CRIMSON AND WINGO. In case you haven't been following this, Harvard University and the Boston Herald are engaged in some serious eye-boinking.
It started last Thursday, when a Harvard senior named Jared Seeger wrote a piece for the Crimson devoted to the proposition that the Herald "is a really bad newspaper." Among other things, Seeger wrote that the Herald's editorial page "is where inane arguments go to die"; that columnist Howie Carr has "lower[ed] the 'acceptable' bar so that it is physically touching the floor"; and that "the newspaper pushes its right-wing agenda under the guise of honest journalism."
Seeger's column brought an angry response from Herald staff reporter Jules Crittenden, who wrote a letter to Seeger that's posted on Jim Romenesko's media-news site: "While it is regrettable that we have offended your sensibilities, you must recognize that when you go boldly forth to make your mark in the world, your limo driver will need something to divert himself while your Lordship is engaged in loftier pursuits."
Crittenden's response drew its own response, from Michael Woods, of Boxing Digest. Even though you might think Boxing Digest and the Herald would be sympatico, Woods came to the defense not of Crittenden but of Seeger. "While Seeger formulated a reasoned thesis about the paper's deficiencies, having obviously spend some time dissecting the personnel and their tendencies, Crittenden resorted to cheap shots based on stereotypes," Woods wrote, adding that Crittenden's tone "helps proves Seeger's points."
Finally - or maybe not - the Herald's page-one splash on Monday was "HARVARD HOOLIGANS," subheaded "Cops vow crackdown on rowdy, drunken fans." On page four, reporter Tom Farmer tells the sordid tale of drunken fans near the Harvard-Yale game on Saturday, much of it stemming from a decision by the Boston police to grant to Harvard's student union a one-day liquor-and-entertainment license for student tailgating.
Monday's Boston Globe ran a short inside story by correspondent Michael Busack on the same incident that identified two of those who were arrested as Yale students and five as Harvard students. That turned out, uh, not to be the case: today the Globe ran a correction - not yet online - saying that the two Yale students weren't actually arrested and the five Harvard students weren't actually Harvard students. Never mind.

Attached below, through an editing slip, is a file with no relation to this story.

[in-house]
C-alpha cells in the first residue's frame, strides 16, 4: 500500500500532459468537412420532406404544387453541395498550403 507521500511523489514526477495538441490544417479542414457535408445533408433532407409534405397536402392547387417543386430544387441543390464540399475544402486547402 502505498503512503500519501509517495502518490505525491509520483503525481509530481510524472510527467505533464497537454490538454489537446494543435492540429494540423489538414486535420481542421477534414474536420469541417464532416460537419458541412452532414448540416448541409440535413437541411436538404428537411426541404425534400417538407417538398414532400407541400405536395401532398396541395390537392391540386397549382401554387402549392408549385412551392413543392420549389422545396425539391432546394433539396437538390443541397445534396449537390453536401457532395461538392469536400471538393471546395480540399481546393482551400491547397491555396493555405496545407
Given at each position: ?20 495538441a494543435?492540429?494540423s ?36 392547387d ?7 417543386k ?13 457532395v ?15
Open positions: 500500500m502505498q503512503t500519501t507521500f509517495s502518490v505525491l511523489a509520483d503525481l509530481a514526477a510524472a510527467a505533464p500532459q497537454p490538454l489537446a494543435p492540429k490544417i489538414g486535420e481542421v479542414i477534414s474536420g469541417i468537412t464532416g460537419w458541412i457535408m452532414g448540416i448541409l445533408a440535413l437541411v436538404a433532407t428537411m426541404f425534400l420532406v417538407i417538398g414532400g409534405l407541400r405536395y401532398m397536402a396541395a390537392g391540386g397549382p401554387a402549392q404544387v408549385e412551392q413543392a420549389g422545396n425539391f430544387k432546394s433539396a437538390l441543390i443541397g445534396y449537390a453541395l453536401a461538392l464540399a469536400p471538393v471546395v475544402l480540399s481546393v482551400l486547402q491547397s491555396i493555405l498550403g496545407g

No correction in today's Herald, which didn't identify the Yale students, and didn't specifically say the other five were Harvard students - even though the entire story reeked of ... well, what was that front-page head again? HARVARD HOOLIGANS!
Still, this story from today's Crimson shows that Harvard deserves plenty of blame for what happened on Saturday. Here's the best part:
But Undergraduate Council President Matthew W. Mahan '05 blamed the ban on kegs for the extent of hard liquor consumption. He said he never told Evans that students would only be drinking beer.
That's right. If only the kids had been chugging beer instead of Jack Daniel's, everything would have been just fine.
And I believe the ball is now back in Harvard's court.
RATHER ODD. Let's see. Dan Rather made a fool of himself over the phony Bush National Guard documents because of a report he did for 60 Minutes. That incident has made CBS the laughingstock of television news, which is really saying something. So Rather is going to step down as anchor of the CBS Evening News in March - and keep right on working as a correspondent for 60 Minutes. Is everything clear? And what is the frequency, Kenneth?